Then again, what would our driver’s family back in Mexico have said had they know that he was, at that moment, driving a taxi with $30 on the meter? $30! Such a sum would have been beyond their wildest dreams. Indeed, it was close to going beyond my worst nightmare too. God, what a preposterous undertaking this was! To hell with conscience! Why hadn’t we just taken the commuter rail to that king of misnamed towns, Manchester-by-the-Sea? For once, I wouldn’t even have resented paying the dollar ‘walk on’ fee for the admittedly lovely beach which the local council had the – to our Old World sensibilities - outrageous gall to charge. After all, it wasn’t as if we would have been missed: Pete had apparently invited practically everyone on his floor of the Medical School: at least thirty people, not counting respective spouses and children. No, we wouldn’t have been missed at all…

Eventually, after another $5 had been accounted for, we turned off the highway onto a long street of small, mostly whitewashed, weather-boarded houses, each fourth one of which was indicated by a telegraph pole on the footpath in front of it, leaning at a unique angle to the vertical such that the cables zigzagged their way into the distance like the spiders’ silk-ways that had used to glimmer every morning, dripping with dew, on our little lawn in Oxford.

The taxi finally pulled up at the tall, possibly man-made sand dunes that blocked off the end of the street. Withdrawing the entire $40 contents of my wallet, I passed it all forward and wincingly told the driver to keep the change (even if he hadn’t been so big and, apparently, unhinged, we had learned never to dream of withholding a generous “gratuity” from an American taxi driver after more than one had taken us to task over our doing during Black January, when we had been forced to use taxis to bring home the furniture we needed). Then I followed Eleni out, slammed the door behind me and took her hand in mine as the car executed a hasty three-point turn and then diminished into the distance.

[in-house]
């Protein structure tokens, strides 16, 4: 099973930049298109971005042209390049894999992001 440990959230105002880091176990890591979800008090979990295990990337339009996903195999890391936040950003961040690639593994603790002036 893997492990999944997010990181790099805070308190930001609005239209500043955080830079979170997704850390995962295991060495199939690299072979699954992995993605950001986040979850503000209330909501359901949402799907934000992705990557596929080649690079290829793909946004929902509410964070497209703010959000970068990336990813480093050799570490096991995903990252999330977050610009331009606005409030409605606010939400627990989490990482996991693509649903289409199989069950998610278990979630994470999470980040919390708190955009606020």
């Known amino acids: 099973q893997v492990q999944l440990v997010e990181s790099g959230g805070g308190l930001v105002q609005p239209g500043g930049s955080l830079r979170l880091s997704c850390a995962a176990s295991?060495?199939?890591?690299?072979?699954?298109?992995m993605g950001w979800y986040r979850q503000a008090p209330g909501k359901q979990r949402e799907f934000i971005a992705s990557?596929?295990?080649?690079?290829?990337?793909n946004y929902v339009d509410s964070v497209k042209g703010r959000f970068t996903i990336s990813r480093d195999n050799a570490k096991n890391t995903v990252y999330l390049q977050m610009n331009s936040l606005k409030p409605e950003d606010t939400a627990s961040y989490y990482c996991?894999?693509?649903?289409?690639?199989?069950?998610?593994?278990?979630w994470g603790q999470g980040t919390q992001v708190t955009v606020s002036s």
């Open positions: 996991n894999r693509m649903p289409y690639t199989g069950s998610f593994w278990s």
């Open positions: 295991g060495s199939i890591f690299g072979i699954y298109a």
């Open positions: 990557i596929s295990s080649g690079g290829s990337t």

“Welcome to Ithaca,” I muttered, as the sound of the engine was superseded by the chirping of the crickets and the faint thud of a basketball being bounced in a distant driveway.

“It’s certainly as desolate as Ithaca,” agreed Eleni, looking around her in bewilderment. “Never mind the Odyssey you have to undertake to get here.”

“Imagine what it must be like on a winter night.”

“Fucking hell…”

I reached my arm around her waist as we perversely savoured the imagined horror of being buried where we stood, in our summer clothes, by an invisible nor’easter.

“So, do you remember which number Pete’s is?” I asked at length, as we were recalled to reality by the almost comforting roar of another plane, invisible behind the sand dunes.

“I think it’s that one,” she said, pointing to the little house at the very end of the street. “Number seventy-five.”

“It’s double-glazed,” I observed, disapprovingly.

“I don’t suppose that bothers Pete.”


“And at least it keeps out the noise of the planes better: apparently they start landing at five-thirty every morning.”


She set off towards Pete’s driveway.

“Where are you going?” I called after her. “I thought it was going to be on the beach?”

“Yes,” she agreed, without stopping. “But it might be over by now: there aren’t any cars here, are there?”

“But if it’s over, it’s over,” I protested, inching forward as she approached the house. “Pete probably has a lot of cleaning up to do: I’m sure he won’t want us hanging around.”

“Well, we’ll ask him,” she said, stopping and glancing over her shoulder as I lingered on the pavement. “You’re not scared, are you?”

“Eleni, as Aristotle so rightly noted, there is a happy medium between cowardice and foolhardiness.”

“But what is there to be scared of?” she laughed, scornfully. “He’s not a Cyclops.”